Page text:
I kiss you, as well as my brother and sister, and all our friends. Your sisters greet you. Manon is inseparable with your mistress. Adieu. Your very affectionate mother...

PS - I asked your brother to execute the debit of your account. He said he doesn't have it and that you probably do. I need it so please send it back to me. I have a number of entries to make for things done for Mayon. She says that when she has any need, she'll let me know.

PPS - Your brother told me that le Auller [perhaps an accountant] had almost no papers. I didn't tell him this was hogwash because I know he wouldn't like that. Farewell, my dear sweetheart. I am your faithful woman. [Marie Camin's handwriting...]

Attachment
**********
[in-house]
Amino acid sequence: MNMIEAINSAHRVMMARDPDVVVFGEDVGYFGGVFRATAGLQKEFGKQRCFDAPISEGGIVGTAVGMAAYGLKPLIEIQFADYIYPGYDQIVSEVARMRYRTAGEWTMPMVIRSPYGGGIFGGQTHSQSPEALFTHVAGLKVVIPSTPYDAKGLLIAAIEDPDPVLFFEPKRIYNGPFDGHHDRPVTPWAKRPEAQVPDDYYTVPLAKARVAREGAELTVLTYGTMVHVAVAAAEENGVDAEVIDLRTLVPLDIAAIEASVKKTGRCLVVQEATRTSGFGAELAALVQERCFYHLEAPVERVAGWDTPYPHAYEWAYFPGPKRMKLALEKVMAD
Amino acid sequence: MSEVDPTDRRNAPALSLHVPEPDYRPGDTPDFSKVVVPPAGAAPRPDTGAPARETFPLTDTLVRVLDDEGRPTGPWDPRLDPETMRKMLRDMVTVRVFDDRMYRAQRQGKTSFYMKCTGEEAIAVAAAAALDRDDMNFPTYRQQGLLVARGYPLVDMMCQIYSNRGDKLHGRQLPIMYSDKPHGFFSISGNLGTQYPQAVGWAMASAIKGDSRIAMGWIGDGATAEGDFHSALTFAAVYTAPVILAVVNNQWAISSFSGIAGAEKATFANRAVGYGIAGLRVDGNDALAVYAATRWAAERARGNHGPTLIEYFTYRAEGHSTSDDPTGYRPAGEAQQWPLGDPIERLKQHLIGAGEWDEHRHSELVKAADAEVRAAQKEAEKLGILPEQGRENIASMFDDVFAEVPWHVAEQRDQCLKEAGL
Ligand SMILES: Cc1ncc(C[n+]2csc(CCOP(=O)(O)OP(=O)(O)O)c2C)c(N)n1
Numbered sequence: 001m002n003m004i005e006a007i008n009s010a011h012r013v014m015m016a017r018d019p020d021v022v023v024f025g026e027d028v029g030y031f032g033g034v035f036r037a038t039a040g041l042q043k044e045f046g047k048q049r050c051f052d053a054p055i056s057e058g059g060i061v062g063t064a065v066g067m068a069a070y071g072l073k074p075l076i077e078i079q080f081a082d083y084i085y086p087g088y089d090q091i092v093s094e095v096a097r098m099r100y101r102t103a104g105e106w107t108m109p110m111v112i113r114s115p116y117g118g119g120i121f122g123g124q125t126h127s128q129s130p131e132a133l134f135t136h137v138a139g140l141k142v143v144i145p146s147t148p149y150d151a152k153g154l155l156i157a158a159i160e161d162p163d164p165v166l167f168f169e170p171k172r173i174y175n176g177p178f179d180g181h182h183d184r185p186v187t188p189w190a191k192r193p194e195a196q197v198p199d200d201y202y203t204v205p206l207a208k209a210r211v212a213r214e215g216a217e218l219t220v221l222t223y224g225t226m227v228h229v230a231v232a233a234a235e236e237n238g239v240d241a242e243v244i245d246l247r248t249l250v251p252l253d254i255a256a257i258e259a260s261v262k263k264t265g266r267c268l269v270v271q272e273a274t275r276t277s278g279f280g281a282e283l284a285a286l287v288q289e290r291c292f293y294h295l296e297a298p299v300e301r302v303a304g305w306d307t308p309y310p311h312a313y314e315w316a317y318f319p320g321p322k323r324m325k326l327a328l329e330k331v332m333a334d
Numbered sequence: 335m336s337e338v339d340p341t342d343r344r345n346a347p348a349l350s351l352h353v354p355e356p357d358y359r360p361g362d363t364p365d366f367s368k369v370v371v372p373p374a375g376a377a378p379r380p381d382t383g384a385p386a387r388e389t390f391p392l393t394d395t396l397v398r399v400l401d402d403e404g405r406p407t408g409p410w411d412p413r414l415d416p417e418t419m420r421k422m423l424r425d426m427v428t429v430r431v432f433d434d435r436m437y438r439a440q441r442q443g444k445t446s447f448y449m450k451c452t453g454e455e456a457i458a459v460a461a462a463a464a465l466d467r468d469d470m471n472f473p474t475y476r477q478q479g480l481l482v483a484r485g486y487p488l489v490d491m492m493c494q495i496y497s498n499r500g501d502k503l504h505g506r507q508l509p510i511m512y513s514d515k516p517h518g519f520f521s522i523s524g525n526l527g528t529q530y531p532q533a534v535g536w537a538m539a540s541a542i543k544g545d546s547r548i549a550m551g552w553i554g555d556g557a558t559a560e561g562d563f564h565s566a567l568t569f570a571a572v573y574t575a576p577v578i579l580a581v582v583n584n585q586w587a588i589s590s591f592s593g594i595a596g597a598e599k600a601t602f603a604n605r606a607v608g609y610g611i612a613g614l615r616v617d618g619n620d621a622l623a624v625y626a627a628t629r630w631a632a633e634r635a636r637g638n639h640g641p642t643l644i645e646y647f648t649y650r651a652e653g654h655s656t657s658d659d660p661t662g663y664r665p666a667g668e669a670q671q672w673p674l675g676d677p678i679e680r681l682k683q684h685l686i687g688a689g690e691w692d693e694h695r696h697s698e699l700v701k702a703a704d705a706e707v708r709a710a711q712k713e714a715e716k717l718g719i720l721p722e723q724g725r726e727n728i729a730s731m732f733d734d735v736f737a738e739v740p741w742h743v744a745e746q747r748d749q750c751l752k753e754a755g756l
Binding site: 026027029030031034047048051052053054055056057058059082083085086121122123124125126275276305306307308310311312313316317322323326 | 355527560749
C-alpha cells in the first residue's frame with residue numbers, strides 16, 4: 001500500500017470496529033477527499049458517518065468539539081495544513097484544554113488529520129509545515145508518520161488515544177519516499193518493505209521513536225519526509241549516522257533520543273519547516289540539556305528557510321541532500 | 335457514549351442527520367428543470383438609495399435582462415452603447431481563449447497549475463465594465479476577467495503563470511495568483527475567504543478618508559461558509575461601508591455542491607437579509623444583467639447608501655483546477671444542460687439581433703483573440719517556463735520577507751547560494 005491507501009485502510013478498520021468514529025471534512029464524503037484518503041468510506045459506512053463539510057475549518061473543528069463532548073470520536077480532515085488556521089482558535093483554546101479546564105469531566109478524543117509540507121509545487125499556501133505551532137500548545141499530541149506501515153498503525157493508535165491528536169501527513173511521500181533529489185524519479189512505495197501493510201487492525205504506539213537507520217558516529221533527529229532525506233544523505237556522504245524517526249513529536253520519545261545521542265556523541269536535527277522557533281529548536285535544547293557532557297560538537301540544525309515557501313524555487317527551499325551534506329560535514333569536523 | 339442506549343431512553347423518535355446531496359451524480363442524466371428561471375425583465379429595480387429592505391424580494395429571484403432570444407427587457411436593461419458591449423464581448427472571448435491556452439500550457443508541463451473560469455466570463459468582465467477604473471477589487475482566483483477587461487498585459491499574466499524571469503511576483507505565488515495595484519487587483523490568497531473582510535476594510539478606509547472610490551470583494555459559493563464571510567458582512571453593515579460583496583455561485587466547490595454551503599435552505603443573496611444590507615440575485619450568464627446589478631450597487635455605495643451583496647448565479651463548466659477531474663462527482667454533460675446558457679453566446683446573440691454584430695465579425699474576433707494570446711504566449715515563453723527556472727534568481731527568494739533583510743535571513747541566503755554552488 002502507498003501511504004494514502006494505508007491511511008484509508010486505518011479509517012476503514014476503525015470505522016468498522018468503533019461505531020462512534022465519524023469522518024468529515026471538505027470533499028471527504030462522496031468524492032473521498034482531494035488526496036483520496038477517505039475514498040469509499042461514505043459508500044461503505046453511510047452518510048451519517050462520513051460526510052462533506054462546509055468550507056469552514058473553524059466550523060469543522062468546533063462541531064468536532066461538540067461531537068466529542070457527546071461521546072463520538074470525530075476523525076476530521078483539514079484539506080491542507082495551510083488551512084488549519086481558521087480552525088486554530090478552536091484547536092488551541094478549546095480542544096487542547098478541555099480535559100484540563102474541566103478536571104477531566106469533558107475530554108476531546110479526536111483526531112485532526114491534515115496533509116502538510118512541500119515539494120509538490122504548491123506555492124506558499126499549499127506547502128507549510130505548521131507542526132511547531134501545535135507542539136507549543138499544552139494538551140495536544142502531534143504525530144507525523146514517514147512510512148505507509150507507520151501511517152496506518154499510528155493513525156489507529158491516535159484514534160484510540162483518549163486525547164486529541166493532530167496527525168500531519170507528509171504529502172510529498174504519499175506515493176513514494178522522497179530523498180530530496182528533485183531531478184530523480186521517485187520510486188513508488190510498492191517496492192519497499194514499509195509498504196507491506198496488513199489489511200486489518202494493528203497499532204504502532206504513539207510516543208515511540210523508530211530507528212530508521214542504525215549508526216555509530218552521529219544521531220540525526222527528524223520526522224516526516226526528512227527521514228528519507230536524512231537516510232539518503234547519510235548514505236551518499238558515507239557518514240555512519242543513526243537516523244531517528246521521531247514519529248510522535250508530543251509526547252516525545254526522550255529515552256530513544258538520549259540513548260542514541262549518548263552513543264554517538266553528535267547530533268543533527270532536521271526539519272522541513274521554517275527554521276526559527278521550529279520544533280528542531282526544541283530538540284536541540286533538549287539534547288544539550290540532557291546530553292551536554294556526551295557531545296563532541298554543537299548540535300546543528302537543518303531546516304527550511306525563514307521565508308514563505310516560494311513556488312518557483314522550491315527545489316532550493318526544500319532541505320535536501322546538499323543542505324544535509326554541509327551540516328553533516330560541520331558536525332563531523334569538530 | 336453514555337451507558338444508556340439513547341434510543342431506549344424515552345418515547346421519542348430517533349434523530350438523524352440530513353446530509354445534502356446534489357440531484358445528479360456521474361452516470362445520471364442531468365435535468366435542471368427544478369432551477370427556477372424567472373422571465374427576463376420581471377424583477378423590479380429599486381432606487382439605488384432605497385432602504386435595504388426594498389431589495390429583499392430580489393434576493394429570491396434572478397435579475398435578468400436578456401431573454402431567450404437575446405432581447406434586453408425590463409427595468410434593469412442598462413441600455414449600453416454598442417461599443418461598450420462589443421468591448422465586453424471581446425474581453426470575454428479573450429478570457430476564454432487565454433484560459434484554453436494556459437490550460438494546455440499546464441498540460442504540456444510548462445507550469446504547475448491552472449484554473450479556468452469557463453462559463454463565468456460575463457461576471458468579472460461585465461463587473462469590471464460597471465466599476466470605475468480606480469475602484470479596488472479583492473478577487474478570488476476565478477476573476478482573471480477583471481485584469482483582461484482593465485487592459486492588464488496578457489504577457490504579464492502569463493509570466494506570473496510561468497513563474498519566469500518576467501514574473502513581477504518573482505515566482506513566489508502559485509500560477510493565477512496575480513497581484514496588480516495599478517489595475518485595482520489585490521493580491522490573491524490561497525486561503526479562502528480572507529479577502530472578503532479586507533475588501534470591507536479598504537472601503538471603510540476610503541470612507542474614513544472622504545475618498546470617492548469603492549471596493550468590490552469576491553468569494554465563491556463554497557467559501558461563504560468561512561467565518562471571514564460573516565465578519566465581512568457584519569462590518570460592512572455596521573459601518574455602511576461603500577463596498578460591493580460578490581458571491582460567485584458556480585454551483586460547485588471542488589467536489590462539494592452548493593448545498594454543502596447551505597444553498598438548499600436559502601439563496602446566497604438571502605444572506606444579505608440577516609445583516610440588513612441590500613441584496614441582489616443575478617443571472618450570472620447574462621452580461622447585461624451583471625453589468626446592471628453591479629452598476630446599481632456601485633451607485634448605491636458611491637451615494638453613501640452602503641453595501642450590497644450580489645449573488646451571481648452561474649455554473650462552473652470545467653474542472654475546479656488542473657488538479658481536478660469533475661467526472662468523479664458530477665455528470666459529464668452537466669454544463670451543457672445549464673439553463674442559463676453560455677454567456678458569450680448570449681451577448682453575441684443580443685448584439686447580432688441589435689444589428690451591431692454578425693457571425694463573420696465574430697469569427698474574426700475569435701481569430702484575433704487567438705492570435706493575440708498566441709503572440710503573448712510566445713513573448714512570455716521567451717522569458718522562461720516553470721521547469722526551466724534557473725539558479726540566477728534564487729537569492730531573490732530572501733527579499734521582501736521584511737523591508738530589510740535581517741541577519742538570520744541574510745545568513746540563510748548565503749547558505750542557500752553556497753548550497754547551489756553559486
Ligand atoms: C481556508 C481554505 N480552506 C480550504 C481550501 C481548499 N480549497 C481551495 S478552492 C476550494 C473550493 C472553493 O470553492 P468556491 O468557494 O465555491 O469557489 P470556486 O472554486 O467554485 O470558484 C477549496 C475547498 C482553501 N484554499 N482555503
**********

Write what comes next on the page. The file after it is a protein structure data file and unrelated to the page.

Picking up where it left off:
Greenway Court, England
21 July 1686

Madam Caterine Crommelin

I didn't think it would be any use to reply to your letter of the 15th of this month to straighten out the false rumours and reports that tarnish me according to you. Obviously the impudence of those who dared say such things have climbed to the heights of audacity, so we'll just have to see what they say next. I pity those who I see who always come up with such unusual surprises.

Among others, our minister and my uncle quite willingly wanted to give me an excellent recommendation of my conduct to send to you, but I refused it because I had sufficient faith in your better judgment to know that what I tell you is true regarding the gross slander and infamy of my enemies. Far from being involved in amusements and a life of debauchery, I don't think there's a more austere and serious person because my pain increases everyday, and I don't know how it will all end if God doesn't take pity on me by returning a special someone whose absence torments me and causes my sorrow.